9. On parade
This view of the army section display in Crystal Palace gives some idea of the scale of the early collection.
The galleries were spacious enough to accommodate not only tanks and large artillery pieces, but also suspended aircraft, flags, maps and art works.
10. Remembering The Fallen
Major Charles ffoulkes and Captain W Mallandaine MC, the Museum's Curator and Superintendent of Stores respectively, place wreaths sent by the Royal Horse Artillery onto L Battery's Vickers QF 13pdr Mk 1 field gun to mark the ninth anniversary of the action at Néry in which L Battery, Royal Horse Artillery won three Victoria Crosses.
The Nery Battery gun can be seen today in the Atrium displays at IWM London.
11. IWM Moves To South Kensington
IWM moved across London to its new home in South Kensington in 1924 where it occupied two small galleries adjacent to the Imperial Institute.
The size of the display space available was significantly reduced and many objects went into store or had to be disposed of, while the museum's aircraft collection was loaned to the Science Museum.
12. The Bethlem Royal Hospital
This 19th century print shows IWM’s current Lambeth Road building in its previous incarnation, as Bethlem Royal Hospital. The Hospital moved out to Beckenham, Kent, and the buildings were purchased by Lord Rothermere so they could be demolished and the land used for a public park in memory of his mother, Geraldine Mary Harmsworth.
Although the two large wings either side of the structure were demolished to make way for the park, IWM was allowed to use the central portion.
13. IWM Arrives At Lambeth Road
IWM moved into its Lambeth Road building in 1936 and remains there to this day. The galleries were opened by the then Duke and Duchess of York (later King George VI and Queen Elizabeth) on 7 July 1936.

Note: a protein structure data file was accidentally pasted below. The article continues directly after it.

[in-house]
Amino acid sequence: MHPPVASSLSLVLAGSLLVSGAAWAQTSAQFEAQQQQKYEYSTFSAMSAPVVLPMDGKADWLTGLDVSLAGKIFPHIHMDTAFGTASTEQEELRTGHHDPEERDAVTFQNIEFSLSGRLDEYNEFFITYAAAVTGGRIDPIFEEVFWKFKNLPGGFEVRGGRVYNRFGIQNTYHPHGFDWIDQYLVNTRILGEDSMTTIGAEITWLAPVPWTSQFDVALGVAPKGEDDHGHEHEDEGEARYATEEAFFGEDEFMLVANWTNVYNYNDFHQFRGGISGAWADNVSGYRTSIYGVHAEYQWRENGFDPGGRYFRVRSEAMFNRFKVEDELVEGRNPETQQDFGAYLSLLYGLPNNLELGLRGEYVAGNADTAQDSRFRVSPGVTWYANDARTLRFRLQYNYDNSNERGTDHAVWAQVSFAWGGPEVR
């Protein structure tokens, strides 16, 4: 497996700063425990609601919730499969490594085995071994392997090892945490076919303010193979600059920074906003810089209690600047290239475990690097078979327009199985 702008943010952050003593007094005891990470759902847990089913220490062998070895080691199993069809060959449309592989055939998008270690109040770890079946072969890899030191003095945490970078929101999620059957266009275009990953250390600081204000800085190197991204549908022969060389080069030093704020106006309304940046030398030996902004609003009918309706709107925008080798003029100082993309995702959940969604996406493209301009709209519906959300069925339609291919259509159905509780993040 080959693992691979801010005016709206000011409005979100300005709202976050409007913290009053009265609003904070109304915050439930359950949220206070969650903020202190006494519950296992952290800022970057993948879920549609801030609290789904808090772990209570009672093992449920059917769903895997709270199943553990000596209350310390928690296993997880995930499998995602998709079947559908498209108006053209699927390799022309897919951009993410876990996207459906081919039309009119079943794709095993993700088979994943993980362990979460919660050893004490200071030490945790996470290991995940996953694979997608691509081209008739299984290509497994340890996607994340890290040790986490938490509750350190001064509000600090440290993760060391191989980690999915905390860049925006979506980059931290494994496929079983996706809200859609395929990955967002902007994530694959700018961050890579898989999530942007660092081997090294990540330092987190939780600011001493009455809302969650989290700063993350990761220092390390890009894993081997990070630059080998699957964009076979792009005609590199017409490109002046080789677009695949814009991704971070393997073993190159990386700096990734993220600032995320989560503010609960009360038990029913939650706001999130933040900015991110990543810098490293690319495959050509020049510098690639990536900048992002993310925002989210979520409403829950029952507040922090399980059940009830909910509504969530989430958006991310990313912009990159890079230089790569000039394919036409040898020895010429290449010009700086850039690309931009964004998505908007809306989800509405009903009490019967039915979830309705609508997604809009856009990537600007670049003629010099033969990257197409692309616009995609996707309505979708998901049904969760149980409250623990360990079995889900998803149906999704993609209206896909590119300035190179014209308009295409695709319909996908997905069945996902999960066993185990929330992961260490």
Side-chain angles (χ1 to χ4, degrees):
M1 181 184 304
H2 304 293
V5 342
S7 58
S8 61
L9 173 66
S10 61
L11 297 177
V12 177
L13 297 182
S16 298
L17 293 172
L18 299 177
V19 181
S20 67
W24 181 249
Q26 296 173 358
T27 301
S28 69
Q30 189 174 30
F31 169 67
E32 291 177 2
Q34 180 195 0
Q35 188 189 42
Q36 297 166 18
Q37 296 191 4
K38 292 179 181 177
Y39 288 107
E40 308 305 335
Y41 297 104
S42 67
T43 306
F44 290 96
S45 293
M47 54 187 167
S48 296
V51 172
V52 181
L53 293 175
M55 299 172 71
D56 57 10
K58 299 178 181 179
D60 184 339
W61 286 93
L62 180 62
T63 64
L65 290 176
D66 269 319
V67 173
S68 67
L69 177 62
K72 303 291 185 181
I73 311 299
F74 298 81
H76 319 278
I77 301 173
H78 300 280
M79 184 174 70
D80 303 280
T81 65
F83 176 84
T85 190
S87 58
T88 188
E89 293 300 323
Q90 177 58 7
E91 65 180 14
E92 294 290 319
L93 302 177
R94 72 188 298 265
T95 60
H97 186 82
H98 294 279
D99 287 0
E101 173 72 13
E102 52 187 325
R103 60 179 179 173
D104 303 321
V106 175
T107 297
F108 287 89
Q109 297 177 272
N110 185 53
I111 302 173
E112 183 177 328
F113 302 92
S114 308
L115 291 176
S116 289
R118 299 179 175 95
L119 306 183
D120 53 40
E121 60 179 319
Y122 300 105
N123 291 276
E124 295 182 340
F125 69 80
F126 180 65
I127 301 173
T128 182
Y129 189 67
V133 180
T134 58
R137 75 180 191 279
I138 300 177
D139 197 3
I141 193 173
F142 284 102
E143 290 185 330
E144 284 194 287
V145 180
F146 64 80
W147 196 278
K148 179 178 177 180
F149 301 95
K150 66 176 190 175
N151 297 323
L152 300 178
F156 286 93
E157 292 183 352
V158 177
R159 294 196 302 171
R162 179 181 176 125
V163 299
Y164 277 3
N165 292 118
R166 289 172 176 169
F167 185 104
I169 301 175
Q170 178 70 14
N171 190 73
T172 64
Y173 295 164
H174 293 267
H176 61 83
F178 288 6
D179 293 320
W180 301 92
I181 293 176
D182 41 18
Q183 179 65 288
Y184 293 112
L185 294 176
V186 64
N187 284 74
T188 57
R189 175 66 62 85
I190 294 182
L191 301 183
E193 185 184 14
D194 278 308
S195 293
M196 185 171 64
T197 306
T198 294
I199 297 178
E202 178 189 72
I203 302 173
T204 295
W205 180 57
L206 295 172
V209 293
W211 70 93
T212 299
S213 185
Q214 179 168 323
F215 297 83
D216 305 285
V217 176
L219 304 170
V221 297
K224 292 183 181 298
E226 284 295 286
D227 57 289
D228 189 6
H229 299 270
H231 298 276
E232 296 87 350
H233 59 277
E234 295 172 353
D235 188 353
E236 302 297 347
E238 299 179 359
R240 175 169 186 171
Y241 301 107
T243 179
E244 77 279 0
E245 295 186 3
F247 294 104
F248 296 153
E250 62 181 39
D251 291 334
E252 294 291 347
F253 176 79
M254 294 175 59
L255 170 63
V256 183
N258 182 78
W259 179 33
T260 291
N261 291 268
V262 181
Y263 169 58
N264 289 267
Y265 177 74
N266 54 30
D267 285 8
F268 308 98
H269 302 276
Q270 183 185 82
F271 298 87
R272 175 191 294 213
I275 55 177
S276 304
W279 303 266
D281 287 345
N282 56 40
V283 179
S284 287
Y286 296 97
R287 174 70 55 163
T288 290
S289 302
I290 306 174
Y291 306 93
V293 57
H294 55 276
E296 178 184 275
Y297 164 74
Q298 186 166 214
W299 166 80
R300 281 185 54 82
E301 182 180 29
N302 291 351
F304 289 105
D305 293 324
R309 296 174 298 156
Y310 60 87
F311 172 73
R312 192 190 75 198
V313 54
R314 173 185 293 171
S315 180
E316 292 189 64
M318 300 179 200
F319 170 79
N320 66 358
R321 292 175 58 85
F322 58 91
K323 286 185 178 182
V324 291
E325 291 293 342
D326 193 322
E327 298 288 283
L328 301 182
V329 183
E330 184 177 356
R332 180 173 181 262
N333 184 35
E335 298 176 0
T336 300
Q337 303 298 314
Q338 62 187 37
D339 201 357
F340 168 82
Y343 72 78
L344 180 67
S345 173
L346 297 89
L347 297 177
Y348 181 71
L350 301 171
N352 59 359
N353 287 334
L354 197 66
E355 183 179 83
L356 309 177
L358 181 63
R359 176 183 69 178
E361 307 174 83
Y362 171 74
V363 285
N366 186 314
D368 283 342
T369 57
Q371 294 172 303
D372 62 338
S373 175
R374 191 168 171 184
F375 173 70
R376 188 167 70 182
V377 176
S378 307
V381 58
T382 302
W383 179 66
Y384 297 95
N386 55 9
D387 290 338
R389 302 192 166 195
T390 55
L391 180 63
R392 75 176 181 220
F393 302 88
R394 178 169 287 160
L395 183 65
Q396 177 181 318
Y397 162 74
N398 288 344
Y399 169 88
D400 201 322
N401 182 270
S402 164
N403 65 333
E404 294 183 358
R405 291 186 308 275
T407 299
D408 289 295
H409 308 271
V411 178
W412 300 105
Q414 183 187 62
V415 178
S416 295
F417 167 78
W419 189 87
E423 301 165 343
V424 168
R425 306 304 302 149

The increase in space meant that the Library, previously based at Queen Anne’s Gate, the aircraft, on loan at the Science Museum, and the rest of the Museum at the Imperial Institute could be reunited in one place for the first time since 1924.
14. Preparing For War
IWM had only been installed in its new home for four years when war broke out in September 1939. The museum was closed and plans were immediately made to evacuate all major exhibits, although it reopened for a short period in 1940.
Increasing danger from air raids forced the museum to close again and it remained closed to the public until 1946. A skeleton staff were kept on and the site was used as a timber dump and a Royal Army Ordnance Corps billet during the Second World War.
15. IWM Under Attack
On 31 January 1941 the IWM suffered a direct hit on the Naval Gallery, which caused severe damage to the Short Seaplane that had been flown at the Battle of Jutland.
A gang of men working in the gallery had a narrow escape as they left for lunch shortly before the bomb landed. During the war there were 41 instances of bomb damage to the museum building, and these were not fully repaired until the 1950s.
16. Naval Guns Unveiled
The now iconic 15 inch guns from HMS Ramillies and HMS Resolution outside IWM’s Lambeth Road building were installed and unveiled to the public in 1968.
The removal was carried out by Robert Wynn and Sons at a cost of £2,575 for the move and £700-£800 for mounting the guns. To minimise disruption, the removal from storage at Shoeburyness to IWM was carried out at night.